Overall, it was a pretty interesting day. I have to say the most interesting part was watching António’s process of selection. There were a number of occasions during which Alan or I would find something we found really interesting and we would grab António, he would say “hmm” and move on. Sometimes his reasons were practical, like a material would be too hard to attach. But he just knew what he wanted to transform a blank white wall into grand commentary on the growth and modernization of Luanda… who knew abandoned plastic shutters could be so eloquent?

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About the Exhibition

Artists in Dialogue: António Ole and Aimé Mpane is the first in a series of exhibitions in which two artists have been invited to create new work in response to one another. Accompanying these site specific artworks are a selection of older and more recent pieces by António Ole of Angola and Aimé Mpane, an artist who divides his time between the Democratic Republic of the Congo (DRC) and Belgium. Even though their works appear together for the first time, Ole and Mpane share close ties to their homelands and a connection to the human and natural environments of their native countries.

Ole has been creating and exhibiting his artwork since he was a teenager, and this selection spans his impressive 40-year career. From the crisp pop art style of his youth to his subtle and evocative assemblages and installations, Ole's work prompts viewers to consider poverty, political hypocrisy, territorialism, violence and decay. At the same time, a deep appreciation for the beauty of cast-off objects and the aesthetics of poverty underlies his works, which are on view in the United States for the first time.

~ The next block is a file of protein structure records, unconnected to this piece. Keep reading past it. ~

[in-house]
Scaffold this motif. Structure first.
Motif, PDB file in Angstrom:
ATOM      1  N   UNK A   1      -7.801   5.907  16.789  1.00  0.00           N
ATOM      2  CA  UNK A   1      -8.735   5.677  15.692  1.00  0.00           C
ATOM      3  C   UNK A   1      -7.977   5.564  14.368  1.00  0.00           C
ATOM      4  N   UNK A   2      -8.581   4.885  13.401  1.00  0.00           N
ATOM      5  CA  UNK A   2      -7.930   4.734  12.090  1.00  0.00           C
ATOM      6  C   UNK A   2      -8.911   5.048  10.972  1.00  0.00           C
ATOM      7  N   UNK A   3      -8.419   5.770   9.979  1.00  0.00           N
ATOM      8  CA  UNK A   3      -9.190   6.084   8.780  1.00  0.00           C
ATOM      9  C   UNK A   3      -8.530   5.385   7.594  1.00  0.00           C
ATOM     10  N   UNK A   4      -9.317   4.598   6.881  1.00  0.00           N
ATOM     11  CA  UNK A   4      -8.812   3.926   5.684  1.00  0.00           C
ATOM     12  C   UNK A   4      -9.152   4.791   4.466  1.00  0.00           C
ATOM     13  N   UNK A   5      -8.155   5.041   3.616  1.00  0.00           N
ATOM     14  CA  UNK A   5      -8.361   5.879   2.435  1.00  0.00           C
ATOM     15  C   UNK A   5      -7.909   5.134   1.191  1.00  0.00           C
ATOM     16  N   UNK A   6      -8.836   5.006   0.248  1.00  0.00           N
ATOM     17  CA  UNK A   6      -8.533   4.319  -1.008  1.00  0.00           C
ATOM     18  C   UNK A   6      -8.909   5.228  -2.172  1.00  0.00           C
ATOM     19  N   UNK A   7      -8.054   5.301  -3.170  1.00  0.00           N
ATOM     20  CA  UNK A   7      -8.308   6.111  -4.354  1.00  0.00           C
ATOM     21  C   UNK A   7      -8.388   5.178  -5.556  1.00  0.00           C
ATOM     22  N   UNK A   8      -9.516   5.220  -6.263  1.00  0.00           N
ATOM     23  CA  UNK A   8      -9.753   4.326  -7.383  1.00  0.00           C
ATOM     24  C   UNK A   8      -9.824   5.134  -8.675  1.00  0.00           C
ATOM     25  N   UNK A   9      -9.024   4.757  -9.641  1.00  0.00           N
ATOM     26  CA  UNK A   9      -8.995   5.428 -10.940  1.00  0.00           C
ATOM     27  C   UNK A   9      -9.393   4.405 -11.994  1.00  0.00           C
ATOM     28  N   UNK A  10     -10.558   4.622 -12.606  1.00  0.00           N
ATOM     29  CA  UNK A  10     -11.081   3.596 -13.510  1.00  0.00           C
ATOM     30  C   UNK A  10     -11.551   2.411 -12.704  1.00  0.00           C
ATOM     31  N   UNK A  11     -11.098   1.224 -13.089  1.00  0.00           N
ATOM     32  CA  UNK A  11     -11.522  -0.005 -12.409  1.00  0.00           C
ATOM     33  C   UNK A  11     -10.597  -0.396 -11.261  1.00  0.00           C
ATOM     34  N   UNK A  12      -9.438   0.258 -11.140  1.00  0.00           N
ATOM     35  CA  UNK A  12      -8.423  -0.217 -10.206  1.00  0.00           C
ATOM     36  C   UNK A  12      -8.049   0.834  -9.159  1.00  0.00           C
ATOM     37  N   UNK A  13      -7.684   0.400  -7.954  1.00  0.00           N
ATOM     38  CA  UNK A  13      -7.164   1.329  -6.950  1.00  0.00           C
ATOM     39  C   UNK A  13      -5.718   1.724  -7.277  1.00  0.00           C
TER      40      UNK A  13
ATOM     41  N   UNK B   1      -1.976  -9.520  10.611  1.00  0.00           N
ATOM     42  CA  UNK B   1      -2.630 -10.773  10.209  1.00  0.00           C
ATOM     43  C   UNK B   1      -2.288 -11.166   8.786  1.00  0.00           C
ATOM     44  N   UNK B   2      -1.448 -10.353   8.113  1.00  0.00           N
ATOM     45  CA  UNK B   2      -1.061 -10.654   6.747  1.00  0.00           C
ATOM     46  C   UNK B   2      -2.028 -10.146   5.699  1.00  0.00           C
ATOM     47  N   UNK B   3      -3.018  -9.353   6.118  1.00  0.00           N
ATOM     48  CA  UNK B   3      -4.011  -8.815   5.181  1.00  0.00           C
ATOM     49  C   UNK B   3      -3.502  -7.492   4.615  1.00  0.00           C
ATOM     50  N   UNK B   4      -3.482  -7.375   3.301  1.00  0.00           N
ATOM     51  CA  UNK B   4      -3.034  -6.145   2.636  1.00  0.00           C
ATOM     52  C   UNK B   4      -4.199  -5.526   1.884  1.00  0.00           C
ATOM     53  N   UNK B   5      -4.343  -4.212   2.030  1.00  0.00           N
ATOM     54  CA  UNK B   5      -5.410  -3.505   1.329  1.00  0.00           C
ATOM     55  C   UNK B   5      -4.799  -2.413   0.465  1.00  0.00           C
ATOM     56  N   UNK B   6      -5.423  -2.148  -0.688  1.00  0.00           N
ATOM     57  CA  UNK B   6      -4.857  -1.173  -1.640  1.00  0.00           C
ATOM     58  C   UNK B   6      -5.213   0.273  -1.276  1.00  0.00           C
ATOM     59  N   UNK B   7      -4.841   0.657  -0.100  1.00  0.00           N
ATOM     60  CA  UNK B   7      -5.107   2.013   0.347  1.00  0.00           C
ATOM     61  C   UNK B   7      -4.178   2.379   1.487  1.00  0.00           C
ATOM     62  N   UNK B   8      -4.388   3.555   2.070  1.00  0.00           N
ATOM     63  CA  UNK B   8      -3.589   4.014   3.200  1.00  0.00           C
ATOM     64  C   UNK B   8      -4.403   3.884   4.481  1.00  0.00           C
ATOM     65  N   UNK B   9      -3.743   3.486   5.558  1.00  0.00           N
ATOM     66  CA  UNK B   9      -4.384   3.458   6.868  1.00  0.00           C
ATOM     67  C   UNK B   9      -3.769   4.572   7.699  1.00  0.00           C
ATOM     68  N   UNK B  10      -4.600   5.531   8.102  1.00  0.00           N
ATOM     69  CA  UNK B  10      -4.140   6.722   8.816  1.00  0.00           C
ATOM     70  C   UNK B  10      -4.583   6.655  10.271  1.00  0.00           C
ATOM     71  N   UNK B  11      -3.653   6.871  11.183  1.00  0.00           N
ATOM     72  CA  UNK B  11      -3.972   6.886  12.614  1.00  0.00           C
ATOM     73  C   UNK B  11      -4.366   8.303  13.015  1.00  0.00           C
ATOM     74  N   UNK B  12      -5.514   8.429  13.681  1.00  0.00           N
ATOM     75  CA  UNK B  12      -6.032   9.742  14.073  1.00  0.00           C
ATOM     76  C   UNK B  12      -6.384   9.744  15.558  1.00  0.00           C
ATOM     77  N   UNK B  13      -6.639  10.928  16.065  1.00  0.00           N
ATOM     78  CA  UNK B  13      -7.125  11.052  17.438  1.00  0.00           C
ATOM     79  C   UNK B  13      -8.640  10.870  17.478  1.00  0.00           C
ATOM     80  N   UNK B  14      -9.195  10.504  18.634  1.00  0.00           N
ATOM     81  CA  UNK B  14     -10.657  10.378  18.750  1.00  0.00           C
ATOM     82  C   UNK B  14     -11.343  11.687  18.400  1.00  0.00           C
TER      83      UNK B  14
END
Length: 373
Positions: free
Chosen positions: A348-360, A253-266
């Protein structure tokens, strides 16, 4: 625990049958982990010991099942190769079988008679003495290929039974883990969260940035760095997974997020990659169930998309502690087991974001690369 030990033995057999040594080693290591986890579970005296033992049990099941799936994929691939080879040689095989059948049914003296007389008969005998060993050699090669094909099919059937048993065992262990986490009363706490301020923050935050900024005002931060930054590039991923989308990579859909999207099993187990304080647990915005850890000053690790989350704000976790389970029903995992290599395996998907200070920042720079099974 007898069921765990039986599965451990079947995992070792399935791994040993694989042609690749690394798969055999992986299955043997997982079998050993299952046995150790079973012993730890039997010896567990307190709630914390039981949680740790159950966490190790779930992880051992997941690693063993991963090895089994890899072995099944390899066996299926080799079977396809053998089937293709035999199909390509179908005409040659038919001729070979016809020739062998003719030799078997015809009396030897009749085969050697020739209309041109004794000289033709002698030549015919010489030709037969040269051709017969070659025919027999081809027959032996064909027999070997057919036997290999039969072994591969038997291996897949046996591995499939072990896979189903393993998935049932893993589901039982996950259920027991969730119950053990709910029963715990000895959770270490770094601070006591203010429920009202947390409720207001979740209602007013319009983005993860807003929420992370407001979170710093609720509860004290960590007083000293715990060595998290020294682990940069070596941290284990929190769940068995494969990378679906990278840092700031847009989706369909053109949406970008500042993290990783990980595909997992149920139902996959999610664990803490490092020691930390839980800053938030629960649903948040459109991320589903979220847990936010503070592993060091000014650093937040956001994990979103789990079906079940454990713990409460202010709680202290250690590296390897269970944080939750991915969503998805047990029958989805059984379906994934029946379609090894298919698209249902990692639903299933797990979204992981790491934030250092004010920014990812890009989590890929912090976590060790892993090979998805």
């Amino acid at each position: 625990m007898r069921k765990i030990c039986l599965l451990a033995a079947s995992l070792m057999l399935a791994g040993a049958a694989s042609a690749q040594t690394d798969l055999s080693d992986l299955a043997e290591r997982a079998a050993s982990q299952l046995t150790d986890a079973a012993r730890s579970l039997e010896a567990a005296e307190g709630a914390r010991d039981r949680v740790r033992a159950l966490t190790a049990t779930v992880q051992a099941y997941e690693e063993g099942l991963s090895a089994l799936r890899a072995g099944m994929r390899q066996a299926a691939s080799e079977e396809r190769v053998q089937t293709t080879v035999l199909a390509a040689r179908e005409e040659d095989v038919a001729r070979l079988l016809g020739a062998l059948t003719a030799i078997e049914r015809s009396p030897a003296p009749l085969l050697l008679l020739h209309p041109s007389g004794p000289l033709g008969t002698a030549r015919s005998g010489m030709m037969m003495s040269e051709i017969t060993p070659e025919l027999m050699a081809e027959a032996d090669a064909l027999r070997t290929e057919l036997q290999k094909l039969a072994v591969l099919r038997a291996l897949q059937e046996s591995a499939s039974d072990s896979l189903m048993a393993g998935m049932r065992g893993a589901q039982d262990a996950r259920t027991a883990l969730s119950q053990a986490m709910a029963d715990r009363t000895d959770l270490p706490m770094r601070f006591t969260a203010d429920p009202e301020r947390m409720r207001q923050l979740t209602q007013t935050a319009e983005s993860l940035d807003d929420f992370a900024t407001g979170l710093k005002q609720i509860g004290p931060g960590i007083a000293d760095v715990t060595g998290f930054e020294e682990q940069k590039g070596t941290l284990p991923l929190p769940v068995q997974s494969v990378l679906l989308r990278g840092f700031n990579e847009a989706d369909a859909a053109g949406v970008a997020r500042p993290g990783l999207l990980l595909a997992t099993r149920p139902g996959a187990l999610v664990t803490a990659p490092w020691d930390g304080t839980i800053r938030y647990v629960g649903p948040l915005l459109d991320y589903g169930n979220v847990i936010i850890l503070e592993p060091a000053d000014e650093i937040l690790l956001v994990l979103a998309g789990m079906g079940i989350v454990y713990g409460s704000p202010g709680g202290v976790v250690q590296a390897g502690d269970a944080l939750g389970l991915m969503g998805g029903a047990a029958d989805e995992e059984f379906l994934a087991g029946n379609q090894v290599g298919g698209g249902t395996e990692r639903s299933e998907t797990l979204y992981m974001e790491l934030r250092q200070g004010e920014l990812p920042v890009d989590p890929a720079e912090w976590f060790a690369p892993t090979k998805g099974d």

Mpane, a prolific artist who is versatile in painting, prints, sculpture, video and installation, achieved international recognition in 2006. He utilizes his commanding skill with human expressions and the figure to probe the history and present state of the DRC.

This selection of established and new works provides insight into the personal visions of Ole and Mpane and how they communicate with diverse audiences. Their subject matter, use of unlikely materials and ongoing commitment to Africa resonate with one another and encourage dialogue.

About the Curator.

My photo
"I was told to describe myself as a well-dressed hipster and I only wish this were true. Despite my lack of cool, I consider myself lucky to be the coordinating curator at the National Museum of African Art. My interests include both contemporary and classical African art - and to be frank, I disagree with the notion of a great separation between the two - and I have worked in both museums and universities. I've been called an idealist because I believe that through learning about other cultures, ideas, and visions, we learn tolerance for one another - regardless of class, religion, country and the other great divides. But I also just love looking at, learning about, and being with African art and African artists. I like art in general, but it is the diversity, complexity, and richness of the works connected to the African continent that captivate and motivate me. It's the only work I've ever done, and among other great rewards, it has allowed me to travel to and on a couple of occasions live in Zambia, Nigeria, South Africa, Namibia, Zimbabwe, Tanzania, Angola and Senegal."